Peer Leader Satisfaction with Class Role and Relationship with Co-Instructor
|Evaluation Criteria||Knew Co-Instructor
|Did Not Know
|I was satisfied with my role in the UNIV 101 classroom.||4.36 (36)||4.42 (104)||.695|
|I was satisfied with my relationship with my UNIV 101 co-instructor.||4.53 (36)||4.51 (104)||.911|
Note: Data from fall 2016 Peer Leader Program Evaluation
Graduate Leader Satisfaction with Class Role and Relationship with Co-Instructor
|Evaluation Criteria||Selected My Co-Instructor On My Own
|Paired by University 101
|I was satisfied with the role I had in my UNIV 101 class.||4.62 (13)||4.35 (17)||.338|
|If I had it to do over again, I would work with the same instructor again.||4.46 (13)||4.24 (17)||.604|
Note: Data from fall 2016 Peer Leader Program Evaluation
Research suggests that first-year seminar courses co-taught by a peer or graduate leader are more effective than classes taught only by an instructor.
Research about peers has found that students can, and often do, have significant positive impacts on the development and learning of their peers. To that end, University 101 Programs utilizes peer and graduate leaders as resources, mentors and co-facilitators in the UNIV 101 course.
Data from the 2013 First-Year Seminar Assessment were analyzed to determine the impact of peer/graduate leaders on the UNIV 101 course, as measured by the FYSA's Overall Program Effectiveness factor. The overall program effectiveness factor assesses the degree to which students report the course:
- included interesting subject matter
- contributed to their ability to succeed academically
- contributed to their ability to adjust to the college social environment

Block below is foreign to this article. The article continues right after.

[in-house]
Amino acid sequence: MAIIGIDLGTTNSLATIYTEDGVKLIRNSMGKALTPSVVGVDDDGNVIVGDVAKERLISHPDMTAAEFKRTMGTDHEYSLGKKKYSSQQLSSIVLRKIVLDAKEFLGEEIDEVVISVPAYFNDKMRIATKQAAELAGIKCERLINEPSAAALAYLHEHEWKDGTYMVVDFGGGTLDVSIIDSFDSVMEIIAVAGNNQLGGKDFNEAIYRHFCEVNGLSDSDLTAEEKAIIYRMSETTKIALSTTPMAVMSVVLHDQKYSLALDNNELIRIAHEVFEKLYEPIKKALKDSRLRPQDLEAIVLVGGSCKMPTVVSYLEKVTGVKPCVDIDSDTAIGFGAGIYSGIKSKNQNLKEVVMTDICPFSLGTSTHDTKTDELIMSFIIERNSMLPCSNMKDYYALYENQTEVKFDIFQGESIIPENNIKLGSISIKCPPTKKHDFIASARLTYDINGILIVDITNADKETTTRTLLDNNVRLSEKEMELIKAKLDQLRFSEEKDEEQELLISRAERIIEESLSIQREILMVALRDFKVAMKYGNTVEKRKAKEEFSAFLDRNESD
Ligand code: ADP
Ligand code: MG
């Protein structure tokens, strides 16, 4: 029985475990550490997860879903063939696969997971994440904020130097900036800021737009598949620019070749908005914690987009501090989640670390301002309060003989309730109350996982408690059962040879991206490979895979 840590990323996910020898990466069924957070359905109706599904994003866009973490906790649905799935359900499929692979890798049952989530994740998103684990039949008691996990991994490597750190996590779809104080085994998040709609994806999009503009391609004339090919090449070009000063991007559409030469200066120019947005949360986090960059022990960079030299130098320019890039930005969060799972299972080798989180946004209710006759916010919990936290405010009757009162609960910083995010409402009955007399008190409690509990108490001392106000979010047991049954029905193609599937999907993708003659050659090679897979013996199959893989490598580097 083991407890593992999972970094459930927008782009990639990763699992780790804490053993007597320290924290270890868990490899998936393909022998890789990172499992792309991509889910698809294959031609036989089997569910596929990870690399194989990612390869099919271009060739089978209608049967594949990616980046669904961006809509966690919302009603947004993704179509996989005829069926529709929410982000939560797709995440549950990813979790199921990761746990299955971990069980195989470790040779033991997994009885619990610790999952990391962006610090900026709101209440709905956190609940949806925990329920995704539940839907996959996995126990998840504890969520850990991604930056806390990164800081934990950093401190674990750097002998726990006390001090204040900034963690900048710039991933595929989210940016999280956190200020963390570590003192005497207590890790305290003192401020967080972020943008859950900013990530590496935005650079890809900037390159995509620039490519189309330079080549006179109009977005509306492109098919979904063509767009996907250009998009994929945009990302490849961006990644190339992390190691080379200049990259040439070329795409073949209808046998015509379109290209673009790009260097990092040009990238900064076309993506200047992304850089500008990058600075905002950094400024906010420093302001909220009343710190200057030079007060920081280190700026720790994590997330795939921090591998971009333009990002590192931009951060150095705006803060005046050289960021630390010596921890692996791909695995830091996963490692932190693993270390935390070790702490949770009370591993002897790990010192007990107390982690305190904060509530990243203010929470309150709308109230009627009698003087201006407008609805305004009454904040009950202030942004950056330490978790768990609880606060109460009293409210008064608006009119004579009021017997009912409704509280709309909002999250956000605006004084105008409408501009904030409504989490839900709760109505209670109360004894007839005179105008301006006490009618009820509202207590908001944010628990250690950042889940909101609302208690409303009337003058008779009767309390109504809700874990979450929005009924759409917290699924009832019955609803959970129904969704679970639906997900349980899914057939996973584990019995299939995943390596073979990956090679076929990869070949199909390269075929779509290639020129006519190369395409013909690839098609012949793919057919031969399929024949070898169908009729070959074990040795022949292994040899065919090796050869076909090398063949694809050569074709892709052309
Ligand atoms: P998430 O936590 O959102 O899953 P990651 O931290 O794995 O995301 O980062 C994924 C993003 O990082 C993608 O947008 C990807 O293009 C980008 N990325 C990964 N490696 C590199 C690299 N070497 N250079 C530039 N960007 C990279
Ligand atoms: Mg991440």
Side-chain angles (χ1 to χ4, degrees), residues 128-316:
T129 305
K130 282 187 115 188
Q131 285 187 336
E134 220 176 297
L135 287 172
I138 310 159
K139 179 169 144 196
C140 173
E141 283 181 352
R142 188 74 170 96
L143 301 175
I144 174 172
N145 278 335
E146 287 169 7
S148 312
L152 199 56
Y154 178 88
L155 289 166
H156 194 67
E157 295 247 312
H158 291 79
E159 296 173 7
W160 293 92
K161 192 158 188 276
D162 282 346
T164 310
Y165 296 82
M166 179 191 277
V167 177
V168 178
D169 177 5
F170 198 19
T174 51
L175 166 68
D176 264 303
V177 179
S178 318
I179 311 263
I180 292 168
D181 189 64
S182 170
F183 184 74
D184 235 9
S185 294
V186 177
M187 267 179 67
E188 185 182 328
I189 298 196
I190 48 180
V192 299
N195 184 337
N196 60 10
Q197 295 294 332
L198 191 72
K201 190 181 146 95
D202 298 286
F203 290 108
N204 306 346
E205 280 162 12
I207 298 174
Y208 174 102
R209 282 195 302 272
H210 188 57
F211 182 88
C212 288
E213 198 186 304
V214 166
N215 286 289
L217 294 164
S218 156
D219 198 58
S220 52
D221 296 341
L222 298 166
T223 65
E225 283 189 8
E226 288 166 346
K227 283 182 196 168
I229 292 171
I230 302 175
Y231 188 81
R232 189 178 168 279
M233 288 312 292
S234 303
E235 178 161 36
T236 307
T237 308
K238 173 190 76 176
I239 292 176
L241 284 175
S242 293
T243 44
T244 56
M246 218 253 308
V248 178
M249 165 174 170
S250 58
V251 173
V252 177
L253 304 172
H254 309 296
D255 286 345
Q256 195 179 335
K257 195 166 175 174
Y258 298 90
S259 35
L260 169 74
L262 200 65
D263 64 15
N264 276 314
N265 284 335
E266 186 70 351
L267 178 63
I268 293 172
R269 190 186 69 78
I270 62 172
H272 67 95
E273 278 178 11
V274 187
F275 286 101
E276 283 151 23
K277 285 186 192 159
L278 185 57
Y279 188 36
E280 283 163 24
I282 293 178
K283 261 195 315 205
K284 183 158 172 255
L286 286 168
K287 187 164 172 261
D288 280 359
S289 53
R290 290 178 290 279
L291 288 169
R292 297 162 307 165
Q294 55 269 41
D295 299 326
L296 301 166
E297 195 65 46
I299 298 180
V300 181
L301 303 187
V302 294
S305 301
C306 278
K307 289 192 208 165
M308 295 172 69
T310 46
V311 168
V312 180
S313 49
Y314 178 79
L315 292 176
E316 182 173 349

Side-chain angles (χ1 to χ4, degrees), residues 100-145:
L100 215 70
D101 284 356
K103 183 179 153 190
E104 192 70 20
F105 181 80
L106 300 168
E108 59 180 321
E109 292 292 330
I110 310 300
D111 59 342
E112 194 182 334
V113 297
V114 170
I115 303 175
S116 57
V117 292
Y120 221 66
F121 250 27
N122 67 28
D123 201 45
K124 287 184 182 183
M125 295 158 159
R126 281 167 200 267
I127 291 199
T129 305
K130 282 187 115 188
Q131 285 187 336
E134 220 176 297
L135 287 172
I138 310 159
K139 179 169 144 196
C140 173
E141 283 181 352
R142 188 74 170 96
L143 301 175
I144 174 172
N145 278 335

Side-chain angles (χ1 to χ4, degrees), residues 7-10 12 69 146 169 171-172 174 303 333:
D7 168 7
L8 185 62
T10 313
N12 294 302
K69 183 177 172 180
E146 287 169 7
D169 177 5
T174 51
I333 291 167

- covered topics important to the student
- is one to recommend to other first-year students.
The FYSA is administered at the end of each fall semester to all students enrolled in UNIV 101. In 2013, the instrument was sent to 3,848 students and yielded a 59% response rate (n=2272). The dataset was coded to include a variable that indicated if a section was assigned a peer or graduate leader or had no teaching partner assigned. In fall 2013, 191 sections of UNIV 101 were assigned a peer or graduate leader while 22 sections had no teaching partner. The data were analyzed to find differences in means on overall program effectiveness between sections that had a teaching partner and those that did not. An independent samples T-test yielded significant differences in overall program effectiveness for sections of the course with a peer leader (M=5.49, SD=1.56) and sections without a peer leader (M=5.14, SD=1.78); t(2270)= 9.46, p=.01
Impact of Peer/Graduate Leader on Overall Program Effectiveness. Data were retrieved from the First-Year Seminar Assessment and presented on a 7-point scale.